cat-horse

Tuesday, 23 May 2017 16:25

Horse's Mouth for May 24, 2017

“This is an issue we wish people wouldn’t call and complain about. It’s illegal and when we get called on it we have to enforce it to a degree because there is liability for us. We are kind of caught in the middle of it. I’m not opposed to a golf cart ordinance, but my concern is we have to be very careful not to implement something that works in one place but not in another.”

— Cornelius Police Chief Bence Hoyle to town commissioners following comments from residents of the Bahia Bay neighborhood asking for an ordinance making it legal to ride golf carts on their neighborhood streets.

“I think it’s the wave of the future and it’s something we’ll have to address sooner or later.”

— Cornelius Commissioner Woody Washam on the growing popularity of golf cart communities.

“One thing I have learned is people will be people.”

— Hoyle on his concerns that an ordinance that restricts golf carts to certain streets would be abused.

“We don’t want them running up and down West Catawba. That’s a suicide mission.”

— Hoyle on kamikaze golf cart drivers.

“Gators run forever.”

— Huntersville Commissioner Danny Phillips suggesting a John Deere Gator utility vehicle that is currently surplus equipment in the public works department could be transformed into a useful item for the parks and recreation department.

“They run until they get hit on the highway.”

— Commissioner Charles Guignard quickly referencing an accident last year in which Phillips, riding a Gator and attempting to cross the road near his home, was seriously injured in a collision with a passing vehicle.

“It’s still running. It’s just warped.”

— Phillips, quickly defending the Gator brand.

“I have a 21-inch mower, so I’ll leave the decisions about tractors to those who know more about it.”

— Huntersville Commissioner Rob Kidwell after a lengthy back-and-forth budget review session discussion about Parks and Recreation Department plans to purchase a tractor.

“It’s an automatic renewal, but not at the same price. The deal says they can raise the price, but it also defines the formula they are supposed to use to determine the increase.”

— Huntersville Police Chief Cleveland Spruill explaining that he doesn’t think the Charlotte-Mecklenburg Police Department used the correct call volume numbers to determine Huntersville’s annual cost for police dispatch services should increase from $275,000 to $689,000.

“Don’t pay them a damn thing.”

— Phillips, offering a sure-to-get-their attention approach to express the town’s dissatisfaction with the CMPD implementation of the automatic renewal clause that resulted in the $400,000-plus increase.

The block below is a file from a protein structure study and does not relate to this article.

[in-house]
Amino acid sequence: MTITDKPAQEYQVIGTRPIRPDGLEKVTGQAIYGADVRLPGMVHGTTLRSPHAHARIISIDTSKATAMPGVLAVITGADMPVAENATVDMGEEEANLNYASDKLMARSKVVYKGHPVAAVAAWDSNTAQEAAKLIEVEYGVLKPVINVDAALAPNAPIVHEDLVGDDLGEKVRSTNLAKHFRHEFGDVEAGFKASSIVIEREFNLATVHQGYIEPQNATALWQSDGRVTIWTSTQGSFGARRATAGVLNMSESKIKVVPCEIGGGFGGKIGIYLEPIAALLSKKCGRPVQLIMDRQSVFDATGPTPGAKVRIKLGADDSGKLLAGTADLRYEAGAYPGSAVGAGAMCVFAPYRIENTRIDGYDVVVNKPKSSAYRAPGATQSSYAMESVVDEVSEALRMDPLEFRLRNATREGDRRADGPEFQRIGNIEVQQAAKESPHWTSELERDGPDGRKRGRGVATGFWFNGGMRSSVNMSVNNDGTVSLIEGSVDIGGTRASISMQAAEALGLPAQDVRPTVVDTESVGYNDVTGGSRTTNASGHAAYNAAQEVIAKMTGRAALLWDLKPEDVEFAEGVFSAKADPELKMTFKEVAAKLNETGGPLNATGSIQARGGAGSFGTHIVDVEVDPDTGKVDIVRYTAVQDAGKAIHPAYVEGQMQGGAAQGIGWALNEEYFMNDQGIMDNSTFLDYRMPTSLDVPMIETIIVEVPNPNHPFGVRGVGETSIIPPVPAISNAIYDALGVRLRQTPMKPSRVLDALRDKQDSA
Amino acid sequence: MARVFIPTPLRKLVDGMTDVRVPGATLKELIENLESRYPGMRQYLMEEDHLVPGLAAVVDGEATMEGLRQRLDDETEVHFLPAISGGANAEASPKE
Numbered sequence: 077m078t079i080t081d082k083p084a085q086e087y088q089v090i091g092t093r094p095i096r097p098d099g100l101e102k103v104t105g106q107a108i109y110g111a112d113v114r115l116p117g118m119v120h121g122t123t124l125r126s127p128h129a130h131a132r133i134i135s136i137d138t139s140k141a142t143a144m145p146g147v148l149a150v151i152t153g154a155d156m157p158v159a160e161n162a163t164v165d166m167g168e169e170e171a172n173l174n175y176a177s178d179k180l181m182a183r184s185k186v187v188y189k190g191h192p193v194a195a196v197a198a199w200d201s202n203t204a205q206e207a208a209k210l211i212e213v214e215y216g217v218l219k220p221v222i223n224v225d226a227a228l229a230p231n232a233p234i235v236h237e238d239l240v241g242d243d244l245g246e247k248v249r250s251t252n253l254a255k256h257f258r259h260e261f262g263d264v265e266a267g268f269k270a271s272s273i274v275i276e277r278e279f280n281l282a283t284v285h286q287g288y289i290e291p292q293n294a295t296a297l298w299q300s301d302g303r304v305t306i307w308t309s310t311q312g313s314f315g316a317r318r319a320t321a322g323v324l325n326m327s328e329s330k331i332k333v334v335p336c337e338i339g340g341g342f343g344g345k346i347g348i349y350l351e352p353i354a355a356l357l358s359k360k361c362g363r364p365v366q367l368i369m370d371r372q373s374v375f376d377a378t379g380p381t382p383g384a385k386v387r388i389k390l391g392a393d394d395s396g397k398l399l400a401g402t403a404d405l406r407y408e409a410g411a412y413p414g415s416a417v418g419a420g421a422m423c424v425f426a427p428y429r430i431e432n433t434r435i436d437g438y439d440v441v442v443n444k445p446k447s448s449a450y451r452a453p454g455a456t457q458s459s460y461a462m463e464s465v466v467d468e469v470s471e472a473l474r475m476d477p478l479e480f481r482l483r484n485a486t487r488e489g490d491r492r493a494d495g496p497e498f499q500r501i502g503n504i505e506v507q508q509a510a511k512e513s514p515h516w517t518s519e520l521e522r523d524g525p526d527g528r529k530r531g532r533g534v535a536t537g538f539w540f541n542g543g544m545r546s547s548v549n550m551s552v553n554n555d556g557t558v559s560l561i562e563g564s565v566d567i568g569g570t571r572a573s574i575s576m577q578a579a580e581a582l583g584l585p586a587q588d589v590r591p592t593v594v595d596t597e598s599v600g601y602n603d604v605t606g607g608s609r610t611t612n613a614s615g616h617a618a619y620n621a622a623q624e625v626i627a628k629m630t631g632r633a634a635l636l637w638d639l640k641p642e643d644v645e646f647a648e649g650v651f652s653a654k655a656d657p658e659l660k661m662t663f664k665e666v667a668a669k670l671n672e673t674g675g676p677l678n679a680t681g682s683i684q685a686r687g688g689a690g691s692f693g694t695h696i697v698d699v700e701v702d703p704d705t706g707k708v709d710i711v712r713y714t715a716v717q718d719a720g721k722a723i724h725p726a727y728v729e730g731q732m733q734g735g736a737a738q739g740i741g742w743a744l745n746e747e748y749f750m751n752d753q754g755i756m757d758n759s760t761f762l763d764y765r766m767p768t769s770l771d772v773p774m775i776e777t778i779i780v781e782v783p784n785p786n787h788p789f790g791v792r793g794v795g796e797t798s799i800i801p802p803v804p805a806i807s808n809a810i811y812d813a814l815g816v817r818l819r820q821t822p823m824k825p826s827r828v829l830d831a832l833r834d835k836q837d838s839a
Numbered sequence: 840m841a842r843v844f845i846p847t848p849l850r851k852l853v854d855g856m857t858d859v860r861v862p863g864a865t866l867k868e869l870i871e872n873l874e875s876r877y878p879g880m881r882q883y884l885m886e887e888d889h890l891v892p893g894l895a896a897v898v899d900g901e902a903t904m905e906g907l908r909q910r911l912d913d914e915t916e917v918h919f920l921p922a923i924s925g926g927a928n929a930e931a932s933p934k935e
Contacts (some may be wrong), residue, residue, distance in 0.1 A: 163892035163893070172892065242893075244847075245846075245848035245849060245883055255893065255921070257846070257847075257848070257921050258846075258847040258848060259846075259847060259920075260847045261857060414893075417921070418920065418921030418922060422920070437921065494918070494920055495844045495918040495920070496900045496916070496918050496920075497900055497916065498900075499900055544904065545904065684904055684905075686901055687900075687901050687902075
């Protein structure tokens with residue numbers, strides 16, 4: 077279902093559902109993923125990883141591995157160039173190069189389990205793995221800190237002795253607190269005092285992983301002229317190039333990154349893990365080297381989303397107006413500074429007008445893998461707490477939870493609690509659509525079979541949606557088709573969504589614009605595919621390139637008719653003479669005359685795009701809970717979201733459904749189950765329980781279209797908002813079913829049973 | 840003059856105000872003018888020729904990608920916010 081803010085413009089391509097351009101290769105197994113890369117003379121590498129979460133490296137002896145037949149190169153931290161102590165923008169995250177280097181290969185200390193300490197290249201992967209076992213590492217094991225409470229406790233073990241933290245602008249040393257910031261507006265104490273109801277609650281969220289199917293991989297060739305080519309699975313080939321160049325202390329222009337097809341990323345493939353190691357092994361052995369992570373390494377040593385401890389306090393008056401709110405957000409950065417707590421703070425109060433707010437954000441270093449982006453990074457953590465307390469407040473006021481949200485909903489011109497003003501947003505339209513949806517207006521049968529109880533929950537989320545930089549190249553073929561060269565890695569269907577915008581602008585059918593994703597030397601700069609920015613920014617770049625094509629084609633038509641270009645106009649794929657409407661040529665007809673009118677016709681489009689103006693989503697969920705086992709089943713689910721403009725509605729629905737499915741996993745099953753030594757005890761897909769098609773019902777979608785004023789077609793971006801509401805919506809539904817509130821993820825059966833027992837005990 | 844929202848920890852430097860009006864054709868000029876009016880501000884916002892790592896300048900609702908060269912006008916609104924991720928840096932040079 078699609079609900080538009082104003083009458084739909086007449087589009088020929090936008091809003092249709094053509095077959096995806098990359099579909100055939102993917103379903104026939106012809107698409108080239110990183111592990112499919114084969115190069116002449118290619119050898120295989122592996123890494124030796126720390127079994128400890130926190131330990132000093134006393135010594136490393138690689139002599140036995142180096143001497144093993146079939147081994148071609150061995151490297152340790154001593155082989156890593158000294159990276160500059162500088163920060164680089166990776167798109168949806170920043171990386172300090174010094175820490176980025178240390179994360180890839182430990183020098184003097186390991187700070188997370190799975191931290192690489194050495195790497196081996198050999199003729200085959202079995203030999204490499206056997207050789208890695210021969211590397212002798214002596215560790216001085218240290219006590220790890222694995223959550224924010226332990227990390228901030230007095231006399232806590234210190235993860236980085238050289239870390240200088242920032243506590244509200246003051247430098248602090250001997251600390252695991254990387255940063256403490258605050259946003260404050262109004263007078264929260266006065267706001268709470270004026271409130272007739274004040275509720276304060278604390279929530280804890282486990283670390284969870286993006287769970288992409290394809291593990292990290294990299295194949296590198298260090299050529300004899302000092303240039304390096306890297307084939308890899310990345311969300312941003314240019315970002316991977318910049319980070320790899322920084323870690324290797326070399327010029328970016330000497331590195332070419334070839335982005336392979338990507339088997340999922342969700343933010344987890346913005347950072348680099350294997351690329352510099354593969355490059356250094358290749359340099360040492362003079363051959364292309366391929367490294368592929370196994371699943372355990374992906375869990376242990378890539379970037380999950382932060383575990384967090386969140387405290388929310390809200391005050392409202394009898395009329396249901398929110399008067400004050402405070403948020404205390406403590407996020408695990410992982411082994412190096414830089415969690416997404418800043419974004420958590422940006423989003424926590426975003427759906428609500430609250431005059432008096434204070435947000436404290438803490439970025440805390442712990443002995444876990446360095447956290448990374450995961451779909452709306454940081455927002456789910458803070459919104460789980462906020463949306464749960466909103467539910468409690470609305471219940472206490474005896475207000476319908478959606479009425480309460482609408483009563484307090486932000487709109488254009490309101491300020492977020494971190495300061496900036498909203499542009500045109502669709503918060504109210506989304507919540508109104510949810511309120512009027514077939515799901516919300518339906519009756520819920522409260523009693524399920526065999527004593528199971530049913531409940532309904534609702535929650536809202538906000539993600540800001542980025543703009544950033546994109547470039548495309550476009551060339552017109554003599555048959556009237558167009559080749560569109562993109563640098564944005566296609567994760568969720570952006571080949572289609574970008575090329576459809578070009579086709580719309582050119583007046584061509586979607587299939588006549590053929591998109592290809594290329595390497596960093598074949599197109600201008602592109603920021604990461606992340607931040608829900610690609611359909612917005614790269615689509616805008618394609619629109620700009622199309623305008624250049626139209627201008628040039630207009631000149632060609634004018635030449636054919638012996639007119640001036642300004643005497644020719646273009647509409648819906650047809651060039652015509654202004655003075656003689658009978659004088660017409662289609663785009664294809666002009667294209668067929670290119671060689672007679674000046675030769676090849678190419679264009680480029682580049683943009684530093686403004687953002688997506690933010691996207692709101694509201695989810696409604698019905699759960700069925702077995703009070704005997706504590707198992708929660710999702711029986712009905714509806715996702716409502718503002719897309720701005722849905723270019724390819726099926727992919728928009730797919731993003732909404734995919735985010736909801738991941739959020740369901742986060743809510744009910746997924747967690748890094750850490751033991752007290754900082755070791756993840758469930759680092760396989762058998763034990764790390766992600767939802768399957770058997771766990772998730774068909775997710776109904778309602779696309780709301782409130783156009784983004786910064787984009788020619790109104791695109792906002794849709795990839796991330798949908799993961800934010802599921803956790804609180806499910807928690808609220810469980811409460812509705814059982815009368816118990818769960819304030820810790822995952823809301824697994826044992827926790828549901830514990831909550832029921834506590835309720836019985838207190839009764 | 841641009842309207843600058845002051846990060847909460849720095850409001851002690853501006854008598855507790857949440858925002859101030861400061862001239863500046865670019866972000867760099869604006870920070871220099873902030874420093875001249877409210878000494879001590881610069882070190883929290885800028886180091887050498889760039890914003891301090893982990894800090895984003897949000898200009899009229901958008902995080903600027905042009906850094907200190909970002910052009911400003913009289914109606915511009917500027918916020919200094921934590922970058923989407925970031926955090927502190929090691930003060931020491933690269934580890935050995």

“I am grateful to so many SwimMAC athletes, parents, staff, and supporters for the opportunity to have led this club. I am also extremely proud of the program that, working together as a team, we have been able to develop over the past 10 years.”

— Outgoing SwimMAC CEO David Marsh.

Tuesday, 16 May 2017 16:37

Horse's Mouth for May 17, 2017

“It really was a matter of getting some updated information and facts about the club, the level of participation and the overall agreement. I had some questions in April, and I still had some questions when this came up at the first meeting in May. But right after that meeting, I started getting some answers. And I think all members of the board got the information they were looking for and, tonight, we did the right thing; the best thing for the town.”

—Huntersville Commissioner Dan Boone on the town board*s about-face with regard to a contract extension with the Carolina Rapids soccer club for preferred use of soccer fields at Richard Barry Park.

“We provided some information that I think answered their questions. And I believe they got some feedback from the community.”

— Carolina Rapids Executive Director Thomas Finlay on that additional ※information§ to which Boone referred.

“Life is not about things, but the people you meet.”

— Former Carolina Rapids player Kelly Flanders, a Hopewell High School graduate who now plays at Appalachian State University, about her experience with the soccer club.

“If you approve a capital project, you’d better be responsible enough to pay for the maintenance. It’s a safety issue, and to not appropriate the funds of at least $80,000 to $100,000 this year for maintenance of these facilities I think is asinine.”

— Cornelius PARC Commission Chairman Scott Higgins to Cornelius commissioners, urging them to fund at east part of PARC Director Troy Fitzsimmons’ maintenance fund requests in the next fiscal year budget.

“We’re losing money because we’re waiting on something to be broken before we fix it.”

— Fitzsimmons, telling commissioners that addressing small maintenance issues today before they become costlier ones tomorrow is a prudent expenditure.

“This is a wake-up call.”

— Cornelius Commissioner Jim Duke, urging his fellow town board members to more fully fund the PARC Department.

“I believe because more people are reading about this, and more conversations are being held, more people are coming forward.”